Actor Jason Steele plays a caring, godlike doctor on television. Off the set, he's the insecure fiancee of Melissa, a pretty art teacher. Jason doesn't know what to expect of marriage, ... See full summary »
At the height of his fame (his plays being much celebrated in London in the 1890's), Oscar Wilde angers the Marquis of Queensberry by having what is whispered and gossiped as a romantic ... See full summary »
In this retelling of Gunga Din (1939) transplanted to the 1870's American West, three cavalry officers and a bugler work together to thwart a Native American chief intent on uniting local tribes against the white man.
Sammy Davis Jr.
A serial killer in London is murdering young women he meets through the personal columns of newspapers. He announces each of his murders to the police by sending them a cryptic poem. After ... See full summary »
Colini, an exiled American gangster living in Sicily, rescues Giordano, a young Sicilian outlaw, from the police. After Giordano is groomed, polished, and renamed "Johnny Cool," Colini sends him on a vengeance mission to the United States to assassinate the men who plotted his downfall and enforced exile. Johnny arrives in New York and quickly kills several of the underworld figures on Colini's list. Meanwhile, he picks up Dare Guiness, a wealthy divorcée who becomes his accomplice, and she is severely beaten by the gangsters as a warning against the vendetta. Written by
William Asher, the director of the movie, and Elizabeth Montgomery, the female lead, were married in the same month that the film was released in the United States, October 1963. See more »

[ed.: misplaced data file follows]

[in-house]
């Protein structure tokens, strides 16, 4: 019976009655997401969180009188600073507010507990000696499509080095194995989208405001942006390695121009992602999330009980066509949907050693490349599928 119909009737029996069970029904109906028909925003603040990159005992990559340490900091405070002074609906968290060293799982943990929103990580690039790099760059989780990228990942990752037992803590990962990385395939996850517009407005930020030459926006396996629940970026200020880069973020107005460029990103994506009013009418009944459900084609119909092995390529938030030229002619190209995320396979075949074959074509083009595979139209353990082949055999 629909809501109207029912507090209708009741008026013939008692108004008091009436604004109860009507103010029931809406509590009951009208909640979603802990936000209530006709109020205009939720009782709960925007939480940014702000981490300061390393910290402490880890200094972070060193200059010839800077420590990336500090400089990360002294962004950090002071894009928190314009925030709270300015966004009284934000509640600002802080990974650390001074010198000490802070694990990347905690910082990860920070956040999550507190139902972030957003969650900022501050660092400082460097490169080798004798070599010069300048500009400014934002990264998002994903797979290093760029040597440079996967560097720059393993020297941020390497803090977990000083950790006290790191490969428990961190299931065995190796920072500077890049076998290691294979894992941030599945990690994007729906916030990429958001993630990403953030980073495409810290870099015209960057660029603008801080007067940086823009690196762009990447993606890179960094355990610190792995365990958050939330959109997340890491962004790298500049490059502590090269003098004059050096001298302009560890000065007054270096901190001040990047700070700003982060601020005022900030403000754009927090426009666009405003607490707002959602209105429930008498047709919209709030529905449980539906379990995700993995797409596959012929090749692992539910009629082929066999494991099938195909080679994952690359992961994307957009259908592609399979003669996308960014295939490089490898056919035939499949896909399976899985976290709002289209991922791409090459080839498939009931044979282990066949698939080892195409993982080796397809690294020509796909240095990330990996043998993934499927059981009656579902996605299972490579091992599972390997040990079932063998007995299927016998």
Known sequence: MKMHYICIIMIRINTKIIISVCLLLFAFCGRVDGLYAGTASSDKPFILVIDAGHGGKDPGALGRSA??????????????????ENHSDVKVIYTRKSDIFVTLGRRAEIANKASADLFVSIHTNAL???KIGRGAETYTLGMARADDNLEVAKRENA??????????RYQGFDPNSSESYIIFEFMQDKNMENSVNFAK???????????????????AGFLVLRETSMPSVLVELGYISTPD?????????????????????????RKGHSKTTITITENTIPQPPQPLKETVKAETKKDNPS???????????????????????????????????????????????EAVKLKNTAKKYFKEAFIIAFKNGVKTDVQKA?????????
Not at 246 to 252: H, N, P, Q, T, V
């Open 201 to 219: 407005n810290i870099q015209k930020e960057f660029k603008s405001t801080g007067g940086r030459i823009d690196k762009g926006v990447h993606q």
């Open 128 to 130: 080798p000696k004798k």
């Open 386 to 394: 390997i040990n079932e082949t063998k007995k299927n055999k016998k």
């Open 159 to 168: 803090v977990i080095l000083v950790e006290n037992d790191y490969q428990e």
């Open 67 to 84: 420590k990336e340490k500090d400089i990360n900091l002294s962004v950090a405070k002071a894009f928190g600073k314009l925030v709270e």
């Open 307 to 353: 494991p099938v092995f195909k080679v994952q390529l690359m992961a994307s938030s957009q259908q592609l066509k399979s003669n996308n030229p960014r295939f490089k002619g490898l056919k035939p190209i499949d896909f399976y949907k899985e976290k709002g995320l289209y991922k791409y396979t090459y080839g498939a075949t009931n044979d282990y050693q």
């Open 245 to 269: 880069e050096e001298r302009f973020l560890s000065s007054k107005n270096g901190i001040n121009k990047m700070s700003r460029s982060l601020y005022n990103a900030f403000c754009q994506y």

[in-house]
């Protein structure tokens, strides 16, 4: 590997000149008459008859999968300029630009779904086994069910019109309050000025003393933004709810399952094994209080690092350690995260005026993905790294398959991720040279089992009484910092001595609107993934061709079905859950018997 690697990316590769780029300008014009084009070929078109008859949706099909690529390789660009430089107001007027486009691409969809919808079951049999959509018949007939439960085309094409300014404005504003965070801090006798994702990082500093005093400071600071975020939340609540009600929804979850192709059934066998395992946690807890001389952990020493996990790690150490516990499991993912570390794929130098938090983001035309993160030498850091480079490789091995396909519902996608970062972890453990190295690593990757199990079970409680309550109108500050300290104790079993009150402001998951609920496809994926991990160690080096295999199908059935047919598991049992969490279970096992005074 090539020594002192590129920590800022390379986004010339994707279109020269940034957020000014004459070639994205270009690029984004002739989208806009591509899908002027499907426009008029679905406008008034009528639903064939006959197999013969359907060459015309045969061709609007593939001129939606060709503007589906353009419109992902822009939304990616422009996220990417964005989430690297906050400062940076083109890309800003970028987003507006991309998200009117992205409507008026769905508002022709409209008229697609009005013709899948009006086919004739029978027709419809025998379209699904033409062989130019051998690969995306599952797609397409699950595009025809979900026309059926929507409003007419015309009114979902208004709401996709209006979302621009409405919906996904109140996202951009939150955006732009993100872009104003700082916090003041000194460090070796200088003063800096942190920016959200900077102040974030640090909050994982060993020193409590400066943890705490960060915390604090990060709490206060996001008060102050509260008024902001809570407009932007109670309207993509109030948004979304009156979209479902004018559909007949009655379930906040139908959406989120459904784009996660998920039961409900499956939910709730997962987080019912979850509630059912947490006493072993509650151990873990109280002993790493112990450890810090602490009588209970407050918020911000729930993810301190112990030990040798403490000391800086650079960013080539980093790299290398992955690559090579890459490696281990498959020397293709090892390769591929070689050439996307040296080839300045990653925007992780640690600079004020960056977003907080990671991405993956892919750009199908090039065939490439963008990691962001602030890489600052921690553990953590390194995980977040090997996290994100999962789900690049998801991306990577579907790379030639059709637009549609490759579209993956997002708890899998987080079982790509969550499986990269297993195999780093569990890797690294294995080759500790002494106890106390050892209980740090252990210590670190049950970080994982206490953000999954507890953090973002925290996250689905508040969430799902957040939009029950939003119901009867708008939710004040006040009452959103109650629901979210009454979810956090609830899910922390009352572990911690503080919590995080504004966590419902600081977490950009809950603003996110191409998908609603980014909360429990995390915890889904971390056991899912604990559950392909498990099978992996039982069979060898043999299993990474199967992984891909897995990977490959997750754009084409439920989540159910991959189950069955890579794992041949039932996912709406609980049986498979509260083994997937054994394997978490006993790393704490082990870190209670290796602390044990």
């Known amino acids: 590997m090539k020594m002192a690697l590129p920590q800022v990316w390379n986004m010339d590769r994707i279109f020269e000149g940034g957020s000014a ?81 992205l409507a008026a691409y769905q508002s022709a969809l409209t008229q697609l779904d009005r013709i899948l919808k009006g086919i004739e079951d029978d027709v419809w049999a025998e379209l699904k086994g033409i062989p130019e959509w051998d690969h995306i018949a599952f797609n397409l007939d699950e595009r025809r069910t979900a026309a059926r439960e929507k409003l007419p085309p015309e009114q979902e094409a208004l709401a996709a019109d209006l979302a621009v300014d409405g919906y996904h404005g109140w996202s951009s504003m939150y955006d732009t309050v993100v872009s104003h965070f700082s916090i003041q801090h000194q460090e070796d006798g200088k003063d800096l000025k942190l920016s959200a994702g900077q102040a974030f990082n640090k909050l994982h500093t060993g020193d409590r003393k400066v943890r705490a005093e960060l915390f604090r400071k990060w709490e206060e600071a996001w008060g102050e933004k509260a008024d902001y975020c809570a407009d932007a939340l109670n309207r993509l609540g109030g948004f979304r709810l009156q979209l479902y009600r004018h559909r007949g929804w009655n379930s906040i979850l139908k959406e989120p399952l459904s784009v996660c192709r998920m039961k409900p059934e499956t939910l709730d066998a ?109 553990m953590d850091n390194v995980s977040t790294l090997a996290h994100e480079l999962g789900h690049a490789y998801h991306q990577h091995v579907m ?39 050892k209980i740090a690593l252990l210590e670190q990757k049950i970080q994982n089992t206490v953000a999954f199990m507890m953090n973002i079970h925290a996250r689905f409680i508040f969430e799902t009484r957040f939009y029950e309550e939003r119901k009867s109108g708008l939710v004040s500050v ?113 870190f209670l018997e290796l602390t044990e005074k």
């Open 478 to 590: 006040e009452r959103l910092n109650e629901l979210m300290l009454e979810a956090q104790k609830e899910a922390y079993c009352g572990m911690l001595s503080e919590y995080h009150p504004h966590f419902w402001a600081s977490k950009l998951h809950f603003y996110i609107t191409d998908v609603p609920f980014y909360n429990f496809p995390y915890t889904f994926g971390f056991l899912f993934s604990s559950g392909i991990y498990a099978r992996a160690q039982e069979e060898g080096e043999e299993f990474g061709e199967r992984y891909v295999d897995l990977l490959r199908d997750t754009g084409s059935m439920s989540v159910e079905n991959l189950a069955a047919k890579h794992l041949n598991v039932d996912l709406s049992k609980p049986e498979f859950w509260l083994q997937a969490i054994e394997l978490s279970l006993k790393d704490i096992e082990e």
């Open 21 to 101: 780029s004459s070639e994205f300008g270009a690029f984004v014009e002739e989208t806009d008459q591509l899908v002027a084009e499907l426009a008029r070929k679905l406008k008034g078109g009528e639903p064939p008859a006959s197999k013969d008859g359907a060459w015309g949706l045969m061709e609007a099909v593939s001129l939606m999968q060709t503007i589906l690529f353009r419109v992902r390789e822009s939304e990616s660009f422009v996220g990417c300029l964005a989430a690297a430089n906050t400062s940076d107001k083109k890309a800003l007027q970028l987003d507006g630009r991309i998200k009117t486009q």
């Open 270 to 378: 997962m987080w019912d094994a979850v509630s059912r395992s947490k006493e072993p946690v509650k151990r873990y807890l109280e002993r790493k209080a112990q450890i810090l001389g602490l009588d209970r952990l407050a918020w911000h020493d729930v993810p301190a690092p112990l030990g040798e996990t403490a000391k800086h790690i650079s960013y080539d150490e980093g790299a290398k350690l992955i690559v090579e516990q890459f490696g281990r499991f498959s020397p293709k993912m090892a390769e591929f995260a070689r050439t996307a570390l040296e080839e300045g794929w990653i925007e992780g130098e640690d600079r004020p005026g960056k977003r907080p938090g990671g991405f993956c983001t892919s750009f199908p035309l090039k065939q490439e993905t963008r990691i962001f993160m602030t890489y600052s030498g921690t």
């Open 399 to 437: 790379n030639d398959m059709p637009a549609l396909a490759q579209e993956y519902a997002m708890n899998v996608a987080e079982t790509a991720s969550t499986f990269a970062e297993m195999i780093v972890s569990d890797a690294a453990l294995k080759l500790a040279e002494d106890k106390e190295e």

Joey Bishop is shown filming a commercial at his used car lot; across the street is a building with a large clock showing 1:02. When he and Elizabeth Montgomery are talking a few seconds later, the clock is showing 12:20. See more »
taut, slick, anomic, infected world of death 'morte'
Johnny Cool moves along at a bloody and violent pace. The bad guys are complex and heroic deeds few and far between. Dare's self-revelation about the innocence of her 'dolce vita' friends and the corruption and the prevalence of the underworld is almost understated. 40 years since the film was made, it still intoxicatingly drags the viewer back to a simpler albeit vicious time. The acting is almost uniformly true. Henry Silva is powerful and Elizabeth Montgomery is as sexy as the times would allow.It has some funny moments including Joey Bishop as a very verbal used car salesman
The murders are mostly quick and effective. Some are sloppy and brutal the way you know they must be in real life.
Every moment of this film is a hard little gem. Why films like this are so elusive escapes me.
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